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Pharmaceutical companies need to radically change to survive and thrive amid shifting healthcare and technology changes.
The pharmaceutical industry is not immune from the disruption that has visited upon other industries such as the automotive and transportation industries. The same changes that have upended business models have been impacting pharma for quite some time. As prepared as many companies think they may be for the coming pace of change, it may not be enough.
KPMG forecasts that 2030 revenues will fall short as business and operating models do not reflect the turbulence in the marketplace (1). Two seismic shifts will impact the industry. The first is a shifting balance of power across the healthcare value chain, as government and insurers take center stage, pressuring pharmaceutical companies to reduce prices and demonstrate greater value from their therapies. The second is the rebalancing of funds from treatment to prevention, diagnostics, and cures, which will grow stronger and attract powerful entrants (e.g., Verily and Apple). This rebalancing is driven by technological advances, innovative therapies, and ongoing consumerization of health.
From these shifts, three rather new competitive arenas will emerge in the areas of pharma technology, genetics, and immunotherapy.
The pace of new partnerships between medical device manufacturers, pharmaceutical companies, and technology businesses indicates that pharma technology is a quickly emerging field; medical device companies are leading the charge. For example, a $500-million partnership between Sanofi and Veriliy (the life-sciences unit under Google’s umbrella) aims to merge technology and medicine to fight diabetes (2).
With increasingly rapid developments in CRISPR-CAS technology, gene editing could revolutionize healthcare and the treatment of diseases, enabling researchers to alter or edit problematic genes, which can--and has already begun having--a tremendous impact on neurological disorders, such as Huntington’s or Parkinson’s.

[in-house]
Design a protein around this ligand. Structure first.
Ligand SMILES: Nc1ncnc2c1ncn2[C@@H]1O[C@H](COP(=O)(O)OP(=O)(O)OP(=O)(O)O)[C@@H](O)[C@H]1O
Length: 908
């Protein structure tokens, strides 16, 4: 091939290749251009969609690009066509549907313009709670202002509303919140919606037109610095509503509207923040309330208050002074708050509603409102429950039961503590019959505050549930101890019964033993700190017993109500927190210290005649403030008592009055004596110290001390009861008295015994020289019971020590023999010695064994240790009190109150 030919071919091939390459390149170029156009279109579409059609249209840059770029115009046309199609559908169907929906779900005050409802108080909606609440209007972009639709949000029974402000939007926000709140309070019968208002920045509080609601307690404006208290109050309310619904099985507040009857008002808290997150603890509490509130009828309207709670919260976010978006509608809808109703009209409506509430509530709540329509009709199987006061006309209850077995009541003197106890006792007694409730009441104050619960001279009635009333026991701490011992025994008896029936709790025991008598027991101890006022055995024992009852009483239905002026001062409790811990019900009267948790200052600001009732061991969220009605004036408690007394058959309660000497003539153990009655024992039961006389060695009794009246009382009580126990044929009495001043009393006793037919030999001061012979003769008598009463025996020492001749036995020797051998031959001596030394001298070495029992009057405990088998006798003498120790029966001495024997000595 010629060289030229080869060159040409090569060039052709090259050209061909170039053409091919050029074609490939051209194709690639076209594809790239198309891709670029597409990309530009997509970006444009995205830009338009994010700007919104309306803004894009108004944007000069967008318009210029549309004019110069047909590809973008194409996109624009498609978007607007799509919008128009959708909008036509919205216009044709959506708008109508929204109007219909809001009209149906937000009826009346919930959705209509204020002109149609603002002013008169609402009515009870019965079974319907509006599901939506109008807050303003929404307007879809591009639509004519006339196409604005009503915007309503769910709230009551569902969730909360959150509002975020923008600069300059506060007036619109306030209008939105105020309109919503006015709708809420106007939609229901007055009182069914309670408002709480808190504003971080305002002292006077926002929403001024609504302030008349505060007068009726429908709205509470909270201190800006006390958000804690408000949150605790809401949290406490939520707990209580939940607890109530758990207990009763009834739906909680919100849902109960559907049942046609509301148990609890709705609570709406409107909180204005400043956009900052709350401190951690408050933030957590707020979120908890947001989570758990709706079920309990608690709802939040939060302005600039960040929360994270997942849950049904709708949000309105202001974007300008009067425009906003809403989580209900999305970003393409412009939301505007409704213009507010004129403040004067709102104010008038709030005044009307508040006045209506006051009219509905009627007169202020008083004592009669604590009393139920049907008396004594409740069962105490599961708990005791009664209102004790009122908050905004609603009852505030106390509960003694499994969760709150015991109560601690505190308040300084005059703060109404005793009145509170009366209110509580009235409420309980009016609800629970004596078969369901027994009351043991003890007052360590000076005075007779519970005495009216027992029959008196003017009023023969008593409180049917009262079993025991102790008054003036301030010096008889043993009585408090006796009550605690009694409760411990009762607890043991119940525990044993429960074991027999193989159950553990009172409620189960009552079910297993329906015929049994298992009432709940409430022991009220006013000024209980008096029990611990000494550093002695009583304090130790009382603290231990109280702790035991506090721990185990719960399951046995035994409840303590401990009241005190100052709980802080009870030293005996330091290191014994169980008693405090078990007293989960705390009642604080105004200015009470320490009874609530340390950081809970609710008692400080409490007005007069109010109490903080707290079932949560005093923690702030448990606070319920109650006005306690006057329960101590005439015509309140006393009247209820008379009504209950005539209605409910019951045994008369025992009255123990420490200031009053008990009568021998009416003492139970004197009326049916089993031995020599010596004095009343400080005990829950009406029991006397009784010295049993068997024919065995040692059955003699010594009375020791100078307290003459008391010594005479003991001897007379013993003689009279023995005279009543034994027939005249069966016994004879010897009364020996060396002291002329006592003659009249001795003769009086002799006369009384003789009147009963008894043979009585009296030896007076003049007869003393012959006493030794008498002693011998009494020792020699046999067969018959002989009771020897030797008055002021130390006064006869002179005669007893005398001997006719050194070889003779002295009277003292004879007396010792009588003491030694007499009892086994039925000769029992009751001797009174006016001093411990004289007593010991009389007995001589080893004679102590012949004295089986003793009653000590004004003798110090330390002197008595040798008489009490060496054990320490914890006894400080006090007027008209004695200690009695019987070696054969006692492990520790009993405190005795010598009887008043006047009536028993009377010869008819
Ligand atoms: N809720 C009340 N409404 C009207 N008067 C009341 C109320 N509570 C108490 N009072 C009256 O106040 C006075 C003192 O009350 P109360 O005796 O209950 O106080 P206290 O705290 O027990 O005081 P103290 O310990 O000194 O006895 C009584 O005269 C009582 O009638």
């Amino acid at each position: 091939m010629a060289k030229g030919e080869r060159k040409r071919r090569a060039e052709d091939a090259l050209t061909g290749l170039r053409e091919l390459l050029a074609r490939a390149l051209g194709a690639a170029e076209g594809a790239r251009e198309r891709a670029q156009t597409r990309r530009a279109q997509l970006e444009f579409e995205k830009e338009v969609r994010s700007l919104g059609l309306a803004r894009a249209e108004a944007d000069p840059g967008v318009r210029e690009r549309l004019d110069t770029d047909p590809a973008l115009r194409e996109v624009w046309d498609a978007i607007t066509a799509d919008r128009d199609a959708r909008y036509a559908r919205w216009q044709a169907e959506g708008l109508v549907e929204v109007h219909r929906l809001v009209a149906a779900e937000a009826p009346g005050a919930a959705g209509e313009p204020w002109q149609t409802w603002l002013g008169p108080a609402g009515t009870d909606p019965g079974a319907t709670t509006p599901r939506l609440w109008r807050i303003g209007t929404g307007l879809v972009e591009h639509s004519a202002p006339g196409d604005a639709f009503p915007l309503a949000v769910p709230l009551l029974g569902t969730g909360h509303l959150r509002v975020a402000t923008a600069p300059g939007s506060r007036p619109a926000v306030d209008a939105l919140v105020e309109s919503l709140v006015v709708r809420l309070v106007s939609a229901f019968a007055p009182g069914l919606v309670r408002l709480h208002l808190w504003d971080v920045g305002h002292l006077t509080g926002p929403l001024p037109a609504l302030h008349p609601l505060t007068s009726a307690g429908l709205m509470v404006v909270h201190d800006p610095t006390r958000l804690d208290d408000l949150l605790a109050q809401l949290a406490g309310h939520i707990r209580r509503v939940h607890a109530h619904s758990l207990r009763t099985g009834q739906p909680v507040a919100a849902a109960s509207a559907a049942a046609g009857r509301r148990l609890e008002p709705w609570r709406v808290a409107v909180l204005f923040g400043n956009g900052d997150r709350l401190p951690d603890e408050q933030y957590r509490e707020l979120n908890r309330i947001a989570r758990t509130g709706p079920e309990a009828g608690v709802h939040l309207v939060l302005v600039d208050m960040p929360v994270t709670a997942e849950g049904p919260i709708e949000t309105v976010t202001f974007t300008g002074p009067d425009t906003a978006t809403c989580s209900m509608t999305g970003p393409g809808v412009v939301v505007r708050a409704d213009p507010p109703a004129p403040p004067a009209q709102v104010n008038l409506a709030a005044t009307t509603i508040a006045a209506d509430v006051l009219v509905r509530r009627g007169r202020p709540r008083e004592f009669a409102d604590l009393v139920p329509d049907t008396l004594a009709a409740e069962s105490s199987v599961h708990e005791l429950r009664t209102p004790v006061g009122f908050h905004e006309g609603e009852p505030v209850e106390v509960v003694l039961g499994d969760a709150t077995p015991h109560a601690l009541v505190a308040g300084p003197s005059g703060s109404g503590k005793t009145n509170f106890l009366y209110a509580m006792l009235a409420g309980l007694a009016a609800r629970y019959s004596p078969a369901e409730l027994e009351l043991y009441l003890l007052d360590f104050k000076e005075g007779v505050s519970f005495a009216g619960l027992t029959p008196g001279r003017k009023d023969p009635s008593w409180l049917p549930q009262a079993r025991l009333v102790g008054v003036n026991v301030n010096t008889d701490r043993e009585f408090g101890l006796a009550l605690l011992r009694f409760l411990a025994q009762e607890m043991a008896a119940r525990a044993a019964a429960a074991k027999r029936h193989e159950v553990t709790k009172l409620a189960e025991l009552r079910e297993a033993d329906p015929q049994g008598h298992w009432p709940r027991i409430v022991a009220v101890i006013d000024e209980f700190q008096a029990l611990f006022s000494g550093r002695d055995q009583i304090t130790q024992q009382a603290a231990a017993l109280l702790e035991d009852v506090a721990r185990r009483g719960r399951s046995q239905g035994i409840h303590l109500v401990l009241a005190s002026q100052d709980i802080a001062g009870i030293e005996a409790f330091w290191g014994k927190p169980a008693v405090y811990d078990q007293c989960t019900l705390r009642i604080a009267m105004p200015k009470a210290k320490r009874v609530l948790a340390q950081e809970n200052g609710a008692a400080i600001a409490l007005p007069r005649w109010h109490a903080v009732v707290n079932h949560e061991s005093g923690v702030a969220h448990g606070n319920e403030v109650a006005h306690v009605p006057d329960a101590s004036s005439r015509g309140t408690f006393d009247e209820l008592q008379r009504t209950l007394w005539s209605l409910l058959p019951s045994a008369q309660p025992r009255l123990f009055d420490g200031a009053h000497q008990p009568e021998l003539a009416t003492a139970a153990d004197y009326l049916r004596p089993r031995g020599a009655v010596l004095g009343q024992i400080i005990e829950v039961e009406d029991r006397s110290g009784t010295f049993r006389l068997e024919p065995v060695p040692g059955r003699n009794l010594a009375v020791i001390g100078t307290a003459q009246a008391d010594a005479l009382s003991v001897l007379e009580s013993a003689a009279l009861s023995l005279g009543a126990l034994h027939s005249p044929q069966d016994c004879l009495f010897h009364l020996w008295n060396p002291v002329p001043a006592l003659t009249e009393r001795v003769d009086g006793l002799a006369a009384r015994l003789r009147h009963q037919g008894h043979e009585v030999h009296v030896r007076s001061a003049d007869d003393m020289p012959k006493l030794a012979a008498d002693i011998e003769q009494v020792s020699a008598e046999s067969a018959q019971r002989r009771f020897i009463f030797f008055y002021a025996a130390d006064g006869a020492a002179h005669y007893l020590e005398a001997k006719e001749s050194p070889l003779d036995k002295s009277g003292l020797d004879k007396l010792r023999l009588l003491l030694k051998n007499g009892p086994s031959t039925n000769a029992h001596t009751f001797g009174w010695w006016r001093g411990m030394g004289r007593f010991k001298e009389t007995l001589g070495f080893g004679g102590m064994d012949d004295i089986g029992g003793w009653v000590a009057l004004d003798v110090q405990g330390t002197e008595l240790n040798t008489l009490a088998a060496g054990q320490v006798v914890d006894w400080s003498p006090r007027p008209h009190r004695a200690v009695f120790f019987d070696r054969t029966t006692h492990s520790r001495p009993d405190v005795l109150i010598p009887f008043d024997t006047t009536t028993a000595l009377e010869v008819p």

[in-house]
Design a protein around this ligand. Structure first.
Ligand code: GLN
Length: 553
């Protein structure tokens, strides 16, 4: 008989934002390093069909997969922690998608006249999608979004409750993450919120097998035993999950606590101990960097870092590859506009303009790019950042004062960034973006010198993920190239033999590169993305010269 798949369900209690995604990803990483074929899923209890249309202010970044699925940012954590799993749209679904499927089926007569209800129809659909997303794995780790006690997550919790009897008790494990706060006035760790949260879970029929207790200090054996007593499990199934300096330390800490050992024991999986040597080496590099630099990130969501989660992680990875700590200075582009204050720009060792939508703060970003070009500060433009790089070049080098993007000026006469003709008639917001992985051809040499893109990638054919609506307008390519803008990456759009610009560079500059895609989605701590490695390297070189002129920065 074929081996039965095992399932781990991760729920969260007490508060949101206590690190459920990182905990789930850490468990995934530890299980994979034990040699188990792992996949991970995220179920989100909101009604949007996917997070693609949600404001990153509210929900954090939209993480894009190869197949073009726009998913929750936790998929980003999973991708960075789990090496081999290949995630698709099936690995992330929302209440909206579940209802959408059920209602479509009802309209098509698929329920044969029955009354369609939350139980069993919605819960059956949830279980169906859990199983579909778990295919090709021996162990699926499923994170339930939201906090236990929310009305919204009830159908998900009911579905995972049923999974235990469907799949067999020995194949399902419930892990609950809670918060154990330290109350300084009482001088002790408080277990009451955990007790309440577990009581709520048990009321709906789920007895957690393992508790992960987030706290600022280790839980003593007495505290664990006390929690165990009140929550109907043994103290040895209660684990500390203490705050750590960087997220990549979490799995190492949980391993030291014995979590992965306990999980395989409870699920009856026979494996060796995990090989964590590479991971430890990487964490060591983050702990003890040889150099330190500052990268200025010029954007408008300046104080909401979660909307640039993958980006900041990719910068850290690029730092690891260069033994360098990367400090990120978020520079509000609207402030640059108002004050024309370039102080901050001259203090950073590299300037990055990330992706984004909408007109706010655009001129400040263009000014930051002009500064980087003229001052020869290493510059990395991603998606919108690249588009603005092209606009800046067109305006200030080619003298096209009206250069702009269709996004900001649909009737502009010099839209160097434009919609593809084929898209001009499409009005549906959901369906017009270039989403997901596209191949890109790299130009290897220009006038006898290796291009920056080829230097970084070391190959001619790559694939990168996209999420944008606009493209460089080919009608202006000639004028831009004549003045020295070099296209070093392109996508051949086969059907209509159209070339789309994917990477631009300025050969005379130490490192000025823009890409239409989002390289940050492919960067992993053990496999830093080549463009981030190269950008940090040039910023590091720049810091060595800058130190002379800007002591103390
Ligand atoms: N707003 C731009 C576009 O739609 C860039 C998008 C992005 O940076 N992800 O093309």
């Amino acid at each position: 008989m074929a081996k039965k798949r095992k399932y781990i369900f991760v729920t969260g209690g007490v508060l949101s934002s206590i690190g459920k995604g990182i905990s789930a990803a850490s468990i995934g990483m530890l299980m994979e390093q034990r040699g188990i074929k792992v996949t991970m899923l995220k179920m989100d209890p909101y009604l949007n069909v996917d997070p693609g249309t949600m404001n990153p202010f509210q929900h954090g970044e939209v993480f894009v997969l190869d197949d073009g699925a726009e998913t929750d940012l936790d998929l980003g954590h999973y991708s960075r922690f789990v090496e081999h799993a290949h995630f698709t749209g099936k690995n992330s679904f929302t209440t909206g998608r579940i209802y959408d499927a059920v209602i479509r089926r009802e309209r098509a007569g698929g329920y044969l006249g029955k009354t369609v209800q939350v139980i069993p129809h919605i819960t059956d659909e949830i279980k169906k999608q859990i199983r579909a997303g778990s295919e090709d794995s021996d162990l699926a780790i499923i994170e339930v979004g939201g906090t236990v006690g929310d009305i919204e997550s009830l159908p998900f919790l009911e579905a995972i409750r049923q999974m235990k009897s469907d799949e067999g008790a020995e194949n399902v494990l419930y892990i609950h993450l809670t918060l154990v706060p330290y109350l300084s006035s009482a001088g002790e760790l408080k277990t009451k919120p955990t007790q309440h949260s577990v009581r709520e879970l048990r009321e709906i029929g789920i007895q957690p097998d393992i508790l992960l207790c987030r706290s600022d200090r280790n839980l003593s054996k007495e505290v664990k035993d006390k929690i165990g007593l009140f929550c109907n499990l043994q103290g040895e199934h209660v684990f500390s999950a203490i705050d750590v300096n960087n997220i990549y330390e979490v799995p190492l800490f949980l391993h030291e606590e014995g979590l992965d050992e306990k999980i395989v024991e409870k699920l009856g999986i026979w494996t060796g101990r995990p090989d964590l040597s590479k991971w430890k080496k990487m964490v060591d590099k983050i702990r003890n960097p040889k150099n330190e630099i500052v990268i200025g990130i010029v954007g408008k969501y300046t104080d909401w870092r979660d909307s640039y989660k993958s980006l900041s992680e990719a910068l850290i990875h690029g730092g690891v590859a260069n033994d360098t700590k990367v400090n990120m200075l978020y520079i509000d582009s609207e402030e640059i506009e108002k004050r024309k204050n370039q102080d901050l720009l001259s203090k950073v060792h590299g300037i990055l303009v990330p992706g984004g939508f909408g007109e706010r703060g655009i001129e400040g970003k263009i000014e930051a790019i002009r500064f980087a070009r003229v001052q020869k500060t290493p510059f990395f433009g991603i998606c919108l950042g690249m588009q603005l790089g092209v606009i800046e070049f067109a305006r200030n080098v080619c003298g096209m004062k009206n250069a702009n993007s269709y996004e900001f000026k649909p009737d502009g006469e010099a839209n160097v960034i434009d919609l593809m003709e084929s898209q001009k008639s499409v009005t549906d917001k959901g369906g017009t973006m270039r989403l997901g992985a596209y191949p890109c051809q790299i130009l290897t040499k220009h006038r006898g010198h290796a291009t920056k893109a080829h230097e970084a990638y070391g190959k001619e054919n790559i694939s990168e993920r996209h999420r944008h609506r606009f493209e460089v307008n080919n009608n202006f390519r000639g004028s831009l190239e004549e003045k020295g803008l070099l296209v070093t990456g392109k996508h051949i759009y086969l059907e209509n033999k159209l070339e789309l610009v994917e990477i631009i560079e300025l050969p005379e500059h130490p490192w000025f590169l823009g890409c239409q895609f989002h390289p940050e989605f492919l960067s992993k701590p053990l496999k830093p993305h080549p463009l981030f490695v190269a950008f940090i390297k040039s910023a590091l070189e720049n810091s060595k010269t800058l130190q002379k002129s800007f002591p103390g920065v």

Immunotherapy is not a new area in itself, but KPMG notes a major boost due to the progress made possible by recent technological advances. The application of immunotherapy to long-term diseases, like cardiovascular disease, could lead to the prediction of the risk for heart attacks. In addition, immunotherapies are also increasingly becoming a viable treatment for various cancers.
Pharmaceutical companies need to undertake a full organizational transformation. In light of the industry changes, three distinct operating model archetypes for pharmaceutical companies will emerge. Embracing one model will allow companies to effectively respond to these changes and take full benefit.
Archetype 1: Active portfolio
The active portfolio company has a diverse business mix, operates in several therapeutic areas simultaneously, and keeps an ear to the ground for new forms of therapy. Another key component to this mix is to constantly assess the success of the existing business portfolio. The best practice of this archetype is a modularized organization, with one overarching level of the business able to acquire and divest the portfolio in a plug-and-play fashion. Agility and the ability to quickly take advantage of opportunities is the key to success for the active portfolio model.
Archetype 2: Virtual value-chain orchestrator
As asset-lite companies take over industries that are traditionally heavily asset-based, the virtual value-chain orchestrator does not create or offer any physical product. By contrast, they own copious amounts of data about patients, research, and therapies. Like other industries, technology businesses are poised to own the pharma industry by creating ‘one-stop healthcare platforms’ that will drive pharma toward consumerization, offer the luxury of choice where it never truly existed from cradle to grave, and provide effective guidance through the often-difficult world of healthcare.
Archetype 3: The niche specialist
Niche specialist companies tend to be smaller and more focused than the other archetypes discussed. The tendency for niche models is to specialize in one specific disease or area, and to develop a bespoke portfolio of solutions across the entire care pathway, from prevention to real cure. The niche specialist focuses on all aspects of the ailment, including prevention, treatment, and research. A strong example of a niche specialist is Novo Nordisk, which focuses entirely on diabetes and has the noble goal of eradicating the disease entirely.
The industry is shifting at a rate with which traditional pharmaceutical business models will not be able to keep up unless there is a fundamental change in their set up. The pharmaceutical companies that manage to embrace, and tailor the most appropriate archetypes to ride the waves of disruption, will have the greatest chance to deliver real value to patients and be successful in the new, disrupted world.
1. KPMG, Pharma Outlook 2030: From Evolution to Revolution, 2017.
2. Sanofi, “Sanofi and Verily Life Sciences Announce Launch of Onduo, a Joint Venture to Develop Comprehensive Diabetes Management Platform,” Press Release (Sept. 12, 2016).